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Soft drink consumption shows adverse effects on bone mineral density (BMD). It is believed that the caffeine and phosphoric acid (H3PO4) present in cola may affect bone remodeling processes.

The Framington Osteoporosis Study studied the influence of cola consumption on bone mineral density. BMD was measured in the spine and 3 hip sites in 1413 women and 1125 men. Methods included using a dual-energy X-ray absorptiometry and a questionnaire to assessed dietary intake. Variables analyzed included body mass index, height, age, energy intake, physical activity score, smoking, alcohol use, total calcium intake, total vitamin D intake, caffeine from non-cola sources, season of measurement, and, for women, menopausal status and estrogen use.

Cola intake was associated with significantly lower BMD at each hip site in women but not in men. There was no evidence of decreased BMD in the spine.

The lower BMD was found in participants with a daily cola intake (at least 3 colas per day) compared with subjects who consumed <1 serving cola/month. Use of diet cola and decaffeinated cola also showed an association with BMD, however the relationship was less significant with decaffeinated cola use. There was no significant relationship between non-cola carbonated beverage consumption and BMD.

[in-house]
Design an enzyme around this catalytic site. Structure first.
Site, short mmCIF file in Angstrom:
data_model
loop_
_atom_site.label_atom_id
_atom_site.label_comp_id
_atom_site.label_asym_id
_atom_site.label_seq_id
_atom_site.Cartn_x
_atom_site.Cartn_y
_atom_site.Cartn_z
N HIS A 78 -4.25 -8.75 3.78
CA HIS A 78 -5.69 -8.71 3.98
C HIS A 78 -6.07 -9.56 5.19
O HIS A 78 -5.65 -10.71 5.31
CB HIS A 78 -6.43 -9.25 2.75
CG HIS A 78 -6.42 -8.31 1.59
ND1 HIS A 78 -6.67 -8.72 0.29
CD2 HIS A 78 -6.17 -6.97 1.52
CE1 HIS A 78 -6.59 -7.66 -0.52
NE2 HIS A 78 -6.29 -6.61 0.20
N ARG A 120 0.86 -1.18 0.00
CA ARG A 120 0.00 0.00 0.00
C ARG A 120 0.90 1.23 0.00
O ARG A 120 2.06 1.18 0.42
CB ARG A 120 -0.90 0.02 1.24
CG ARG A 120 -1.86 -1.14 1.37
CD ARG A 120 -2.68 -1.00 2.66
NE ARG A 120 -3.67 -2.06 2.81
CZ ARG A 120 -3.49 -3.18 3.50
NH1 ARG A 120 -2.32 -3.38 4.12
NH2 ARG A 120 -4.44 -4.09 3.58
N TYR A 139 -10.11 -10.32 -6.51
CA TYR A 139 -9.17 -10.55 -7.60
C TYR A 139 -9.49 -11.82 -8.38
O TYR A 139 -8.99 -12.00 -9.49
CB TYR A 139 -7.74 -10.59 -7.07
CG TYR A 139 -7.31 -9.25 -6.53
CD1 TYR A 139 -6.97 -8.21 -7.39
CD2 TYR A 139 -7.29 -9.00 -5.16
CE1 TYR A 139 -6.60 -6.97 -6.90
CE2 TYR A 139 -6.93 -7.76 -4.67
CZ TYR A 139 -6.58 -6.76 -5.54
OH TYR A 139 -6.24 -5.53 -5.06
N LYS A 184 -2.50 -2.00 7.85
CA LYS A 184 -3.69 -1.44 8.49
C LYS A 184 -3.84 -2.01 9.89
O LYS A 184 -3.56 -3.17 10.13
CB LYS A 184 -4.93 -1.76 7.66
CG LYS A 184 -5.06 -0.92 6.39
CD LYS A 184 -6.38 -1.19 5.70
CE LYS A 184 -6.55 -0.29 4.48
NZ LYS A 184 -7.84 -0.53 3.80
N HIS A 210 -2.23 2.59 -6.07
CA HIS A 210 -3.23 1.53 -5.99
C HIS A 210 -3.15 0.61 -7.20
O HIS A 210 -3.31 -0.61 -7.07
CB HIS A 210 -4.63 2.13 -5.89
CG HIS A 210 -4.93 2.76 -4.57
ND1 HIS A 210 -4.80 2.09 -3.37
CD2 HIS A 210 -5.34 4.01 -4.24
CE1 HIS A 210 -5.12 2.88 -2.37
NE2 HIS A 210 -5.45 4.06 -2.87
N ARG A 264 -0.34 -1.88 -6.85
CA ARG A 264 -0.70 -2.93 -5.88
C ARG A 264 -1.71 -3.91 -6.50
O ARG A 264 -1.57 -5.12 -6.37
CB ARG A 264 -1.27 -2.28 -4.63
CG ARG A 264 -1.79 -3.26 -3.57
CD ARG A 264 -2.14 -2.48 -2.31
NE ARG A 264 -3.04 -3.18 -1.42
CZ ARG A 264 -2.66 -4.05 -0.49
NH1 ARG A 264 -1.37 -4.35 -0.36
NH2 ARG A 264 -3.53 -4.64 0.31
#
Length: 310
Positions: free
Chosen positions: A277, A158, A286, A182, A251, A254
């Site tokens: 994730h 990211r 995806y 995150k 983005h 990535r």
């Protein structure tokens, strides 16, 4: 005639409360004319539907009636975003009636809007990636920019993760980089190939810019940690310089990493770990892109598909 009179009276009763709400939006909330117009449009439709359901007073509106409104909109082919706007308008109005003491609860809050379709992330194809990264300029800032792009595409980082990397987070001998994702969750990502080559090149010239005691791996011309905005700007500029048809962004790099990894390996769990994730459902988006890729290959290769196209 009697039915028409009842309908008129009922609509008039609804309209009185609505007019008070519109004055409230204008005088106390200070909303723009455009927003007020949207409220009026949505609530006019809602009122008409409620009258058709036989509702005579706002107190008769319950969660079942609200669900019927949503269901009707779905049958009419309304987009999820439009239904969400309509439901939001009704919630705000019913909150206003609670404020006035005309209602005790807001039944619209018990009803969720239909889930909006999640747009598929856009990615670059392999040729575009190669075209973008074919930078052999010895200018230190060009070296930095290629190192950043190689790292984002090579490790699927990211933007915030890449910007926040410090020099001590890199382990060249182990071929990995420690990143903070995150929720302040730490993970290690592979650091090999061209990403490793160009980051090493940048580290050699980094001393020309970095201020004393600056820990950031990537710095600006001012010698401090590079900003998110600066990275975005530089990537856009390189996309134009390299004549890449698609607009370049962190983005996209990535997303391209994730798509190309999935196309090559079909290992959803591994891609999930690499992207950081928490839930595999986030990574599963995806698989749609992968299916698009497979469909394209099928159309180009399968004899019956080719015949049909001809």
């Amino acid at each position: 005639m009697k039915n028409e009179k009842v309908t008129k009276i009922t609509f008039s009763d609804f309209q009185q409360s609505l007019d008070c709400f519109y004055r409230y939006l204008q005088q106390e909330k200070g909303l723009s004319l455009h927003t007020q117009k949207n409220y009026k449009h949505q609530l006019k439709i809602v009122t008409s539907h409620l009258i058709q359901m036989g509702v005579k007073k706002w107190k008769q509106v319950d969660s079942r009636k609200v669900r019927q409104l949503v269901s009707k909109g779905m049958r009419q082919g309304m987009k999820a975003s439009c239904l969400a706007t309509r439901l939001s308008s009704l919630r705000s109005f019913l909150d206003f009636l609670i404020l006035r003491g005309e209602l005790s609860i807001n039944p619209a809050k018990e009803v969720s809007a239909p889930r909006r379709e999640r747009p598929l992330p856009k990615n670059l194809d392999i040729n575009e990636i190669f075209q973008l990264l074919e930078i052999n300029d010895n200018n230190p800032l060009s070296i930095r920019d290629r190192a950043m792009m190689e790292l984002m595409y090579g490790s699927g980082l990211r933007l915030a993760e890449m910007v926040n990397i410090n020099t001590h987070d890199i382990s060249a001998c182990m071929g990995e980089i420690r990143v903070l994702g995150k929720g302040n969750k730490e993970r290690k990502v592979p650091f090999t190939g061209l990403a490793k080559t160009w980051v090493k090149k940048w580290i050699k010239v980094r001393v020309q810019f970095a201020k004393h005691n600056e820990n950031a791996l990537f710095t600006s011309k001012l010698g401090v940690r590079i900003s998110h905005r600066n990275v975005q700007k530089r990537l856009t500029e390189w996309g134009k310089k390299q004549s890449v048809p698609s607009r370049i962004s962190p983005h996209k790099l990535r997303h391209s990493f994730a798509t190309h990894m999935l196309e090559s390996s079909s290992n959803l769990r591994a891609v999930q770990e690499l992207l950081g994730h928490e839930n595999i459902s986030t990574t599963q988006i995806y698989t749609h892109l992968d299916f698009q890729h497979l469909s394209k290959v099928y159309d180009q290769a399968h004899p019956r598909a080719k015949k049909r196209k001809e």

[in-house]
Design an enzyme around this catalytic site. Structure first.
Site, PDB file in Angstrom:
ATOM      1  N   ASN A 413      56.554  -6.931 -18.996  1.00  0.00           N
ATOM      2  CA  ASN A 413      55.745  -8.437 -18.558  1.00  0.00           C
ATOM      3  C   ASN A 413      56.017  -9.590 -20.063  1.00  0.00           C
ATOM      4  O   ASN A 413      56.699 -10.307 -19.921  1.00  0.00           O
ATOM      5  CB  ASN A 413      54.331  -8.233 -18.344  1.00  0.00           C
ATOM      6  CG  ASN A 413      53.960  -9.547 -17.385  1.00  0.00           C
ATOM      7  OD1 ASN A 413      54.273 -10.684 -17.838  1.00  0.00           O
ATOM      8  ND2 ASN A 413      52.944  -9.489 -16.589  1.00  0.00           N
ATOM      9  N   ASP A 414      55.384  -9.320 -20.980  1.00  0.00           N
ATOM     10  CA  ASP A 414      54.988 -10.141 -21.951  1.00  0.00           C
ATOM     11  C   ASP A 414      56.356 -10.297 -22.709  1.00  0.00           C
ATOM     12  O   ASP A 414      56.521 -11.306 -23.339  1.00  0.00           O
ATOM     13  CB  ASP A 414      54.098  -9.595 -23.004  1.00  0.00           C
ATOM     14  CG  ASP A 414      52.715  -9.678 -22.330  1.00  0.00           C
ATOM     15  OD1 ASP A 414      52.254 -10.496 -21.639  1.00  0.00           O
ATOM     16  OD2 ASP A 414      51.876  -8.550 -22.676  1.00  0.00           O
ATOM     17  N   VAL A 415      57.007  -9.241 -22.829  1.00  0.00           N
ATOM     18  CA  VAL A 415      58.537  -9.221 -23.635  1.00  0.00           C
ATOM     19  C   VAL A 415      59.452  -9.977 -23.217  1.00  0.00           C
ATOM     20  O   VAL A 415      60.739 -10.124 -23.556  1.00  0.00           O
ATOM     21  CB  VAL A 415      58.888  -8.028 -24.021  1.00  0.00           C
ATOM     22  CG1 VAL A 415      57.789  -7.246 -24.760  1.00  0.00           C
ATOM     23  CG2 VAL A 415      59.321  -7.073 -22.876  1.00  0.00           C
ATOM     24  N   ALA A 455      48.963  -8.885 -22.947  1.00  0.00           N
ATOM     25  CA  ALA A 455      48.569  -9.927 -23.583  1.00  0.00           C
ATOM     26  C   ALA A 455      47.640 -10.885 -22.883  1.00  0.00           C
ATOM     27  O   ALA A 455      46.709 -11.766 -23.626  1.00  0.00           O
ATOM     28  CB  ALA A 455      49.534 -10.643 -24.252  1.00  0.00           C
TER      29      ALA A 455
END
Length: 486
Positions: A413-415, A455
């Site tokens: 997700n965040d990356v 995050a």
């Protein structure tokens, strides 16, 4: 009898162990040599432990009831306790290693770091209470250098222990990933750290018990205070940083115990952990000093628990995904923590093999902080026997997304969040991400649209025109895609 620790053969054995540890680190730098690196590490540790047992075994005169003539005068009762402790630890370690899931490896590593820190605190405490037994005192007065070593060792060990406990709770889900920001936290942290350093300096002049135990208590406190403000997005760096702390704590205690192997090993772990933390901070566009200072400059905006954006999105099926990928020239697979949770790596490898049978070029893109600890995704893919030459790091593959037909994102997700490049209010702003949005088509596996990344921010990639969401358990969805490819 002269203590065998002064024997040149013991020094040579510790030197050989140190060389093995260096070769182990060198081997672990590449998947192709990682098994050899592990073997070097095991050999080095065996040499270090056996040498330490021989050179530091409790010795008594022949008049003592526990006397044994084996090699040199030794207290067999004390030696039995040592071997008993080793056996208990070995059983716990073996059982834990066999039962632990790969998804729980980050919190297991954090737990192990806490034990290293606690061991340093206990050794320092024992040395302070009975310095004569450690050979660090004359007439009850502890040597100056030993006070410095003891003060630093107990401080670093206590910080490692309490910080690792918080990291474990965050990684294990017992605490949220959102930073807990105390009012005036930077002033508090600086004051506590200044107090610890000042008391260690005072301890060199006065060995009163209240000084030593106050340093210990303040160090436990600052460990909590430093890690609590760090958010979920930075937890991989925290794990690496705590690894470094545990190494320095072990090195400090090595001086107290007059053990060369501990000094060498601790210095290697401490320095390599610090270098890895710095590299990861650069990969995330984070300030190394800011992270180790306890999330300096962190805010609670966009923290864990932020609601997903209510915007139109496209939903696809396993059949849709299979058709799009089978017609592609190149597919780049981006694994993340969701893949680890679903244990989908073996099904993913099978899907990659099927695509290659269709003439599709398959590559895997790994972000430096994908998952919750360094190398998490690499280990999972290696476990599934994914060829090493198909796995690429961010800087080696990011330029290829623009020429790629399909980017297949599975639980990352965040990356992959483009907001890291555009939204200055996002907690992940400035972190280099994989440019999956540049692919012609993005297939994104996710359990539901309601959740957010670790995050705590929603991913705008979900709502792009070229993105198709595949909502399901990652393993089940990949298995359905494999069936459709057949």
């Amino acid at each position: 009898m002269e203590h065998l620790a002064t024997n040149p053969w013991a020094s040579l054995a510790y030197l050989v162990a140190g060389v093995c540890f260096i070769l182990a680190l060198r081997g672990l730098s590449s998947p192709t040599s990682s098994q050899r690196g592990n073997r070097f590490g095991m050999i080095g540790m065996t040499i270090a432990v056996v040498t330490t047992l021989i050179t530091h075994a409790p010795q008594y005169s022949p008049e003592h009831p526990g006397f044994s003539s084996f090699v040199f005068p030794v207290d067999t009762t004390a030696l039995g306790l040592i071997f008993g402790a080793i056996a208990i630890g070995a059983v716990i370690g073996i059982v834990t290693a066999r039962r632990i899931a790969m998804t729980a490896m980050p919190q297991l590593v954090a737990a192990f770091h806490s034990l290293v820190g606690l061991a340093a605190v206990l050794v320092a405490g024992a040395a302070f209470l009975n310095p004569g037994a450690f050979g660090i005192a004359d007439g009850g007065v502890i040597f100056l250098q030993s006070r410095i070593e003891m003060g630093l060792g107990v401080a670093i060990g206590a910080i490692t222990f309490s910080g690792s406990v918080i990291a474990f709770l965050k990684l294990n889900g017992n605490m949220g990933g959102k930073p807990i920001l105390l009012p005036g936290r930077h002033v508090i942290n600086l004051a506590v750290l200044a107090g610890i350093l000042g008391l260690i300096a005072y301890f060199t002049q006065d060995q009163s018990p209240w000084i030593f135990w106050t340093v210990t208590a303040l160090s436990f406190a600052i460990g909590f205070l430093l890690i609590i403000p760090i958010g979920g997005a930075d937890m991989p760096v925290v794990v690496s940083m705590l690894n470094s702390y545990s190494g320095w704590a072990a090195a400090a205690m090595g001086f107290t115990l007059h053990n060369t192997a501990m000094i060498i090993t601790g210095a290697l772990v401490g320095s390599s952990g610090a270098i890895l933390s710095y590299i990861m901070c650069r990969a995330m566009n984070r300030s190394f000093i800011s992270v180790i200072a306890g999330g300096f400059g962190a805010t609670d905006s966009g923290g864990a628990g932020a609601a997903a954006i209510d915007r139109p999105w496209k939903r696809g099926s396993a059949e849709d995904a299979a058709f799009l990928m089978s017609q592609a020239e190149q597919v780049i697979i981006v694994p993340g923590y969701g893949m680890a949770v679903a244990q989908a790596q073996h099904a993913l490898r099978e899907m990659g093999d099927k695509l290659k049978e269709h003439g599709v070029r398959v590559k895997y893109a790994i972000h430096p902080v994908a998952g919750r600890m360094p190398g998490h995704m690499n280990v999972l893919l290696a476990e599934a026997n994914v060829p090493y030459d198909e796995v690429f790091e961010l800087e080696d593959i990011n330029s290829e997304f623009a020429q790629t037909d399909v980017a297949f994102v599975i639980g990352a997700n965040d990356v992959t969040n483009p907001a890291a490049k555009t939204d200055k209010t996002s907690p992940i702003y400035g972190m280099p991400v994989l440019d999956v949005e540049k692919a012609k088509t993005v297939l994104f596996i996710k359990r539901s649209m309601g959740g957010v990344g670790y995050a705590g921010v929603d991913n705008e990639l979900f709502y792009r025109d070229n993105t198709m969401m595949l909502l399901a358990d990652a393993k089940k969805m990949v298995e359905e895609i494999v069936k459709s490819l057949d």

The study also showed that women who regularly drank colas had an overall lower calcium intake, possibly due to changes in dietary intake. Colas are known to contain phosphorus and the researchers believe that a diet low in calcium and high in phosphorus may promote bone loss by impacting the process of bone remodeling.

In the past thirty years, carbonated beverage consumption has increased significantly. Cola use in the current study represented greater than 70% of carbonated beverages consumed. All the colas contained phosphoric acid (H3PO4) and a majority consumed also contained caffeine. Caffeine has been shown to be associated with bone loss in older women but the relationship between phosphoric acid and bone loss is not well established. However, is believed that diets high in phosphorus and low in calcium can lead to reduced serum calcium levels. The lower calcium levels are hypothesized to increase parathyroid hormone levels which subsequently cause increased bone resorption.

Implications of the study indicate frequent cola use may be associated with a lowered BMD in the hip joints of women.


American Journal of Clinical Nutrition


About the Author:

Jeanne Bohm, Ph.D. is a cancer biologist by training, a medical writer and an experienced science educator.

The author has no financial relationship to any of the companies listed in the article.

Topics #bone density #cola #osteoporosis #soft drink